Looking at past competitions, we’ve been doing very well in the Off-Camera Flash categories – four of them won 1st , 2nd and 3rd placing for WPJA and AGWPJA 2008; the escalator piece that won me the MPA Overseas Wedding photographer of the Year for 2009 was a play on two off-camera flash; 5 won AGWPJA 2009 , including a 2nd place.

What a great start to a weekend! 🙂

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Tools of the Trade – inside the Wedding Photographer’s bag (part 1)

“So what camera / lens do you use?”  This is probably one question that haunts me throughout my career as a professional wedding photographer, and they either come from friends, other photographers, or even my clients (occasionally).

Yes, equipment discussion is not really my cup of tea, but some of you might find this post interesting to read, maybe.  First, let me qualify myself. 

1.  This is purely for info sake.  I’m not sponsored by any photographic related companies nor paid by anyone for writing this. 

2. One should use equipment according to his /her photography style – there’s no such thing as a one-size-fits-all-uber-setup. 

3. These equipment that I’m reviewing are based on what I’ve used and what has worked for me.  To put it simply, this setup compliments my style of photography. 

4. Good photography is not about how well-equipped you are, it’s about how well you use your equipment. 

5. When in doubt, please refer to point #1 🙂 

Ok, here’s a snap shot of my bag just before I packed the contents into my dry box. 


What's in my bag

A. Canon EF 70-200mm f2.8L Image StabliserB. Canon EF 16-35mm f2.8L Mk 2

C. Canon EF 85mm f1.2L Mk2

D. Canon EF 35mm f1.4L

E. Canon EF 24-70mm f2.8L

F. Canon EOS 1Ds mk 3

G. Canon EOS 5D

H. My trusty 8-year old Swiss-made blower

I. Gary Fong’s flash diffuser.  Some call it Fongdom, most of my clients call it the tupperware 😀

A. Canon EF 70-200mm f2.8L

One of my first Canon ‘L’ series lenses that I bought back in 2002.  Use this mainly for outdoor portraits and / or in situation where I want to compress the scene.  I don’t use this alot indoors because f2.8 is just not fast enough for me. Personally, I find this lens very useful on a dull day, especially when we want to isolate the subject from the background. For example, the photo I shot in Bath, UK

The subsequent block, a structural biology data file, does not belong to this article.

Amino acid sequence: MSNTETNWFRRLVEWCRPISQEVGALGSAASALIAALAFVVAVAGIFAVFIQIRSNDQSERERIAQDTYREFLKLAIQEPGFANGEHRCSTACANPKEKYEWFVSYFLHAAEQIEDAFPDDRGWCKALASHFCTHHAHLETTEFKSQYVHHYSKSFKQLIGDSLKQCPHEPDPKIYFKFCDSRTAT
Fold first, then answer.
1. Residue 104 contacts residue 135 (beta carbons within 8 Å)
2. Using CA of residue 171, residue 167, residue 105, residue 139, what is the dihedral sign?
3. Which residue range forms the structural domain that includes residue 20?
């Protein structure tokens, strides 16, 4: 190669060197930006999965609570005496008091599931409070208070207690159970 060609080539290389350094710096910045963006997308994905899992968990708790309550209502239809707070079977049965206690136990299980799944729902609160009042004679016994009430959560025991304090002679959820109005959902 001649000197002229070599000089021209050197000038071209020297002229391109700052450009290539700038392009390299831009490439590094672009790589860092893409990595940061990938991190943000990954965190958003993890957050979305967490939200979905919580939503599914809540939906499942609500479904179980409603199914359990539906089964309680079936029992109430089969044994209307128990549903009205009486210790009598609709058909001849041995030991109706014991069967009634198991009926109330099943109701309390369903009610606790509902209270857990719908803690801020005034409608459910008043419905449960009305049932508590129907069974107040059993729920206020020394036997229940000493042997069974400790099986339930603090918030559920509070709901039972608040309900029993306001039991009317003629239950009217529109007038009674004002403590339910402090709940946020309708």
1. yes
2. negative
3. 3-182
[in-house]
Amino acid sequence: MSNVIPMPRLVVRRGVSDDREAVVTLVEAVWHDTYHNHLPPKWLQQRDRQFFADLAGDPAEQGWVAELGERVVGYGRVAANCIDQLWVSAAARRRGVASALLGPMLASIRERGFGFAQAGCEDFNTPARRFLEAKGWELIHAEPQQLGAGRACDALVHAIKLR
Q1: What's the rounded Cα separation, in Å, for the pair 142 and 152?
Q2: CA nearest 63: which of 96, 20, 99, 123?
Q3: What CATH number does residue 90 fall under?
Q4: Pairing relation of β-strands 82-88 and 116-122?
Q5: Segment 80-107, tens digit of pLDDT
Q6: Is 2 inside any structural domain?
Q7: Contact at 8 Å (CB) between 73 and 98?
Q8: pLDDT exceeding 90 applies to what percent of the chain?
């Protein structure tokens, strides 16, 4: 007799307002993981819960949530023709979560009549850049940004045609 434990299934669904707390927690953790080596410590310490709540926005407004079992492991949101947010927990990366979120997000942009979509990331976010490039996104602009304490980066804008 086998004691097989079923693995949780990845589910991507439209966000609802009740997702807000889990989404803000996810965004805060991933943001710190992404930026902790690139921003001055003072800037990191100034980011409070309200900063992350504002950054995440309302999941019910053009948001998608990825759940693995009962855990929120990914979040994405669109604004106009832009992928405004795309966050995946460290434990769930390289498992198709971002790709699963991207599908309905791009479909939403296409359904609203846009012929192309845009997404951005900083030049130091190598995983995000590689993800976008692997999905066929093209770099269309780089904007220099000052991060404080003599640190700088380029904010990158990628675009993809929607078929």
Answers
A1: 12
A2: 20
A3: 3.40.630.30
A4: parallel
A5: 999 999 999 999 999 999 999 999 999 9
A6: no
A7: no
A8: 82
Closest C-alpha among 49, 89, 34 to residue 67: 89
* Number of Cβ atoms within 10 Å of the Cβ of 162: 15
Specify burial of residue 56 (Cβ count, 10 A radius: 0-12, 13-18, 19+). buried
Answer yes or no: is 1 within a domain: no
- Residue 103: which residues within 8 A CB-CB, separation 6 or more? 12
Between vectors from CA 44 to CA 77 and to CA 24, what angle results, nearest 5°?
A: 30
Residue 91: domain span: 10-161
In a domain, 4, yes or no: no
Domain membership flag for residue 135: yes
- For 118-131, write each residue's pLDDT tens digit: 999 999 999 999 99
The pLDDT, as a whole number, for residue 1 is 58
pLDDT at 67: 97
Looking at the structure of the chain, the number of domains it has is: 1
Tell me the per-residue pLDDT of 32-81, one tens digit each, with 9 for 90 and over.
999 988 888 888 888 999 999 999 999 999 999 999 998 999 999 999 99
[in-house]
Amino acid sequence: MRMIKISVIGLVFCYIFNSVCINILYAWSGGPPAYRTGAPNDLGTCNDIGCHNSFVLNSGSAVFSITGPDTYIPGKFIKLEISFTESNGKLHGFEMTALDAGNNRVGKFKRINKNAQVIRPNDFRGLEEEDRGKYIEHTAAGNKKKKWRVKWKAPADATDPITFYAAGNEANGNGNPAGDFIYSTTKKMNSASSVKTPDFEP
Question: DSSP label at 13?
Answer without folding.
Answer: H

Canon 70-200mm f2.8L IS 

or use to compress the scene, as in this example that I shot in Marina Barage, Singapore.

 Equipment - Lenses

or for a reasonable amount of bokeh or background blur…


to be continued…

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Overseas shoot in Munch

Will be in Munich for a shoot from 20 to 27 April, if there’s another one else who would like to have a session in Berlin, Dresden or Munich, do drop me an email Let me know if anyone’s interested to assist the shoot there, preferably those who’s not afraid to drive around Europe 😉

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Overall 5th placing on AGWPJA for 2009!!!

I’m delighted to announce that after 4 quarterly AGWPJA competitions, with 12 winning entries, I have been placed overall #5 for the year 2009! Last year, I was placed overall #5 for WPJA for year 2008 and wondered if I could pull off the same for the AGWPJA…and it finally came true! Many many thanks to all my couples for going against the grain and putting their faith in the quest for more experimental and cutting edge work. I don’t think any of these would have happened without their support, so thank you, thank you, thank you! 🙂

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The Beginning of an End

Luke and Rachel is another one of my couples who have come a long way – in fact both knew each other since primary school and after a long distance relationship between Los Angeles and Singapore, they have decided to tie the knot 🙂

Titled this post “The Beginning of an End” to refer to this photo shoot being the last job of 2009, and it marked the beginning of a radically different style from the images that I’ve created previously.  The kind of post-production involved isn’t something that can be achieved simply by running some plugins or quick-fix-witch-doctor software; instead each of these images are meticulously crafted, giving me total control to the different elements in the photo.

Shall let the images speak for themselves. Who says Singapore Wedding Photographers can’t create images like these in Singapore? 🙂